Monograph no. 54
Managing the safety of patrons and others in event and venue settings is of significant concern in Australia. A key strategy for dealing with this issue is the use of crowd controllers.
Determining sufficient crowd controller numbers to reduce the potential for harm at events and venues is, however, problematic given the many variables that are involved.
This study identifies key risk factors impacting the crowd controller to patron ratio decision and develops decision aids (Crowd Controller Assessment Tools) for use by those faced with advising on, or making decisions about, crowd management.
Monograph no. 53
The three pillars of Australia’s drug policy are: supply reduction; demand reduction; and harm reduction. Supply reduction policy focuses on reducing the supply, or increasing the cost of, illegal drugs through such actions as crop eradication, drug seizures, arresting drug importers and distributors etc. While there is much evidence to support the effectiveness of demand and harm reduction measures, there is less evidence supporting the effectiveness of supply reduction policy.
The purpose of this study was to improve on, and further contribute to this area of knowledge and examine the impact of seizures and supplier arrest on the use and associated harms of three drugs: heroin, cocaine, and amphetamine type substances (ATS).
Monograph no. 52
Current methods of reporting the impact of proceeds of crime action typically underreport their effect on drug trafficking activity. This is because they rely principally on the raw value of confiscated assets without considering the downstream impact of assets denied on the future operations of the drug trafficking organisation. To address this deficit, the authors developed the Proceeds of Crime Drug Disruption Index (POCDDI), which attempts to better capture the short and medium-term impact of proceeds of crime action, taking into account current knowledge regarding the profitability and reinvestment behaviour of drug traffickers at different stages of the production and distribution process. Results support the argument that the raw value of confiscated assets substantially underestimate the real impact of proceeds of crime action, with medium-term estimates suggesting an impact of 11.9 times raw value for distributors, importers and producers of illicit drugs. Analyses of data provided by the Australian Federal Police also addressed the question of what factors are associated with successful or unsuccessful proceeds of crime actions, taking into account asset type, value, offence type and time elapsed at different stages of the case.
Monograph no. 50
Innovative solutions for enhanced illicit drugs profiling using comprehensive two-dimensional gas chromatography and mass spectrometry technologies
Analytical gas chromatographic methods usually rely upon a single dimension (ie single column) high-resolution capillary GC column to provide separation of target analyses. When a matrix is especially complex, the ability of the column to provide adequate resolution is severely compromised. Often, mass spectrometry may provide the ability to uniquely measure the target compounds, but if the matrix generates similar ions to the target compounds, this can lead to confounded analysis. Mass spectrometry offers many potential solutions to the lack of resolution of GC; however, this usually involves selected ion monitoring or similar approaches. This removes the important opportunity to use a full-scan spectrum to match with a database library. In the present project, high-resolution GC analysis using the multidimensional separation method of comprehensive two-dimensional gas chromatography (GCxGC) was used to provide sufficient resolution to allow full-scan acquisition with library confirmation of illicit drug identity. It was shown that the WADA criteria for a selection of test steroid compounds could be suitably met under this new high-resolution environment. In addition, analysis of samples of ecstasy were profiled and all synthetic residues involved in the synthesis of ecstasy could be fully resolved and located in the 2D separation space with excellent library matches, even though the underlying matrix was very complicated and would have strongly interfered in a 1D separation analysis. This will allow facile profiling of the reaction procedure for ecstasy synthesis.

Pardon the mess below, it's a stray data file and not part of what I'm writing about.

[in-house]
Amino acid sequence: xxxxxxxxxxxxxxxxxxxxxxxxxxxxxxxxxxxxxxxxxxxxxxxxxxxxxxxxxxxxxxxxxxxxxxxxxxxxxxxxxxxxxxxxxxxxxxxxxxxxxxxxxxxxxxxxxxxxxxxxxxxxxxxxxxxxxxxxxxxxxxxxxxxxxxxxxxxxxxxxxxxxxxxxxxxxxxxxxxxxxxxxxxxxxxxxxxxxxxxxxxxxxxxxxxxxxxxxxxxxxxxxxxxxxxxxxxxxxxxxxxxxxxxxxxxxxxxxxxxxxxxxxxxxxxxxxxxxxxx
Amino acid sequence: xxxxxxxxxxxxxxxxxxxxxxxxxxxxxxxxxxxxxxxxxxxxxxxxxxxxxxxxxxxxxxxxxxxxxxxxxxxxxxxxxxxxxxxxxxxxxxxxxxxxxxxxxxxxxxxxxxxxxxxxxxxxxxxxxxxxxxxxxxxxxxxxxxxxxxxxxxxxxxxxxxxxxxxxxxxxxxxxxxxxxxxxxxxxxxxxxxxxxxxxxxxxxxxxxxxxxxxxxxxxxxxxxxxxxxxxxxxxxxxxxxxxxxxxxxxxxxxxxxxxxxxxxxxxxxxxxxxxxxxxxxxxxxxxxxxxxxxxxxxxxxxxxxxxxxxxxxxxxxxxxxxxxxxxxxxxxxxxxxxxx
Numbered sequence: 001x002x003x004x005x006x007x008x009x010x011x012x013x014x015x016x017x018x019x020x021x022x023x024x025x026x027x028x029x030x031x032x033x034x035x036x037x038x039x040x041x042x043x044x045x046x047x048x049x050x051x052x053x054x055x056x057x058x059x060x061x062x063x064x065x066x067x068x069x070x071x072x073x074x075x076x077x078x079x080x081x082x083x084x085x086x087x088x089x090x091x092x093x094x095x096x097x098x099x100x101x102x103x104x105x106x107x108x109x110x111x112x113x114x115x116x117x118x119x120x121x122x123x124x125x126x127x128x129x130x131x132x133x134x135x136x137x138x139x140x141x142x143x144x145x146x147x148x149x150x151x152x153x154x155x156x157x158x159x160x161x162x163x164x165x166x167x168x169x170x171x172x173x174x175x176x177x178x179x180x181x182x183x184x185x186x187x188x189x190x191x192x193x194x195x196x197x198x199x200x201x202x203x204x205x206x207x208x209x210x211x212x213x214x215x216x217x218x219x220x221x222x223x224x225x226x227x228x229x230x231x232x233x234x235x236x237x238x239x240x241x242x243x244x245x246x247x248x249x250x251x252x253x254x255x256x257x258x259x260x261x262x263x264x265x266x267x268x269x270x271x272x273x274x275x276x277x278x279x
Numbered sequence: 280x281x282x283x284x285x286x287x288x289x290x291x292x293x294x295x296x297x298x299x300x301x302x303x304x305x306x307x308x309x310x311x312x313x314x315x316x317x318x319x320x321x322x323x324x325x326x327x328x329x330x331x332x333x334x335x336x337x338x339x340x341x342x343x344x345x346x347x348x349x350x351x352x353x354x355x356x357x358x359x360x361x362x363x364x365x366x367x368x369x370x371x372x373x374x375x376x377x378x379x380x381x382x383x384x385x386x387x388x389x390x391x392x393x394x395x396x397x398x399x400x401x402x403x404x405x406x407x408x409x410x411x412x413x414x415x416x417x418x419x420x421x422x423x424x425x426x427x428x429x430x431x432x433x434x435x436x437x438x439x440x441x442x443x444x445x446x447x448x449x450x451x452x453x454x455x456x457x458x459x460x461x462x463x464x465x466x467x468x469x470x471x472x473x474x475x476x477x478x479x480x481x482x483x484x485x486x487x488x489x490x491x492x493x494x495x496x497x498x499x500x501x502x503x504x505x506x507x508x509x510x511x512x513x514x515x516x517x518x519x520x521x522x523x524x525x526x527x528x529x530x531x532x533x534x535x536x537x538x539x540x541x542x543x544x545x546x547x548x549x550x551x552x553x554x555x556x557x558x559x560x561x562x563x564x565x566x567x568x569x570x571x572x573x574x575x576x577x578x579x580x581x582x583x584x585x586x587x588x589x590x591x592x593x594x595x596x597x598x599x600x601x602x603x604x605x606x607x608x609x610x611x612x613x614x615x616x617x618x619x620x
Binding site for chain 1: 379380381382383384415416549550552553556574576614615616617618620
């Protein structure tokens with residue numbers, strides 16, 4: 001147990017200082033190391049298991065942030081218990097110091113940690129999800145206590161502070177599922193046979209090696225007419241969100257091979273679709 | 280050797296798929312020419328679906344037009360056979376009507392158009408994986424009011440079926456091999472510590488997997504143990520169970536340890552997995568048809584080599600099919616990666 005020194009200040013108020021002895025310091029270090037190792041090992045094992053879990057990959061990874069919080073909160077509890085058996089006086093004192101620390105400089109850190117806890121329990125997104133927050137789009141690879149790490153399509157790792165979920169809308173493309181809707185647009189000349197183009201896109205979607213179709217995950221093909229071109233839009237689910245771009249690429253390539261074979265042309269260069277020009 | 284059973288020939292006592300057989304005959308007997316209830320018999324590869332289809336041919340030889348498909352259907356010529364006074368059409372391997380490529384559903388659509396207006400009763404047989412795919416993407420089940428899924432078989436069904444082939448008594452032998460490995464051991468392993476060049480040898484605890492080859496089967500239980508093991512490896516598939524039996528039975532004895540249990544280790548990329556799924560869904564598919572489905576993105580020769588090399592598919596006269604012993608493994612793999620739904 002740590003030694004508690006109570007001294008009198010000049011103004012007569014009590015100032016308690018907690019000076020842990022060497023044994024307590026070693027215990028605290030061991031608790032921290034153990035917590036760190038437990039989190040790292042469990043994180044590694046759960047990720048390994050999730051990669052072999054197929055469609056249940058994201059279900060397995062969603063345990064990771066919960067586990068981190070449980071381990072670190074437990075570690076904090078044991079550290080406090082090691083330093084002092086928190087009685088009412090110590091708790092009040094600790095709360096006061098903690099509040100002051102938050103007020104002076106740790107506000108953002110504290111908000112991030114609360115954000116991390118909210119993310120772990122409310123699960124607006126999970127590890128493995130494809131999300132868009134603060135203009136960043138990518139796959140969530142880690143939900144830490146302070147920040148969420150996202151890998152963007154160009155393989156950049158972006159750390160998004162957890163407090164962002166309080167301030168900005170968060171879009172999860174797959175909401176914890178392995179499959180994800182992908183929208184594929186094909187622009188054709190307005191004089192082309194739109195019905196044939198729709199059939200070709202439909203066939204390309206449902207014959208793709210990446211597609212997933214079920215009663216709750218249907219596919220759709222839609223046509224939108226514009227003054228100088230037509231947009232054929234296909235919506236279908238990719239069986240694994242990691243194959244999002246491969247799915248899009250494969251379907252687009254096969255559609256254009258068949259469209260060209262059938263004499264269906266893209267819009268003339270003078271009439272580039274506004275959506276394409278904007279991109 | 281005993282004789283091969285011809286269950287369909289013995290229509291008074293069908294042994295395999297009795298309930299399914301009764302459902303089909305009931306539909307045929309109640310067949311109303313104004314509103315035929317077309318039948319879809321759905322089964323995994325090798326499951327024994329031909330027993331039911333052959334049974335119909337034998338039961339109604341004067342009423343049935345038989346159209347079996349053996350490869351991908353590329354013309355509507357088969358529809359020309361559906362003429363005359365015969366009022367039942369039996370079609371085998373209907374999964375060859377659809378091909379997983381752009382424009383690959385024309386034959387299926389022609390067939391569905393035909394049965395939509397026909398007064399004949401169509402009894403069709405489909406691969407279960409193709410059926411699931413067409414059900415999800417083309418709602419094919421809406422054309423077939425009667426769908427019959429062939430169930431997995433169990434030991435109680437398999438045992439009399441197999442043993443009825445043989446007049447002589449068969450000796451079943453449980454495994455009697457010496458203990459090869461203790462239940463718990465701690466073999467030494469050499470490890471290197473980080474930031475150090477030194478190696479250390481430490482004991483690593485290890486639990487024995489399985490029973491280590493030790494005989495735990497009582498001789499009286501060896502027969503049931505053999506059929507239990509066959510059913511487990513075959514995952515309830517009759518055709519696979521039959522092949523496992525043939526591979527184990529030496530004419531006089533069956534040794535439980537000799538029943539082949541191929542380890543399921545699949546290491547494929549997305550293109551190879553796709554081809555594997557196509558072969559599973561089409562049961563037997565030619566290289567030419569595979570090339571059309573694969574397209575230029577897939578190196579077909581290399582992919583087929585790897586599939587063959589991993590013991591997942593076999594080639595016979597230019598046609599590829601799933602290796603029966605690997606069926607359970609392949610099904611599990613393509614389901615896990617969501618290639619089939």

Monograph no. 49
Prohibiting public drinking in an urban area: Determining the impacts on police, the community and marginalised groups
Public drinking laws have proliferated across urban areas over the past 15 years; however, there have been very few evaluations of their impacts and effectiveness. The purpose of this project was to evaluate public drinking laws across three diverse inner-urban local government areas (LGAs) of Melbourne: the Cities of Yarra, Darebin and Maribyrnong. The objectives of this project were to evaluate the implementation of public drinking laws, the effectiveness of these laws and the impact of these laws on a range of target groups including police, residents, traders, local health and welfare workers, and potentially marginalised groups. The evaluation produced equivocal findings in relation to whether public drinking laws reduced congregations of drinkers (with differing findings across municipalities) and there was no evidence that these laws reduced alcohol-related crime or harm. However, public drinking laws do make residents feel safer and improve the amenity of an area from the perspective of residents and traders. The evaluation found that public drinking laws often result in negative impacts to marginalised individuals and this requires more consideration in the implementation and enforcement of these laws. It is important that public drinking laws are carefully considered, implemented and enforced (with local council officers and police liaising collaboratively to respond to the needs of the individual community) and are coupled with community-specific social inclusion strategies.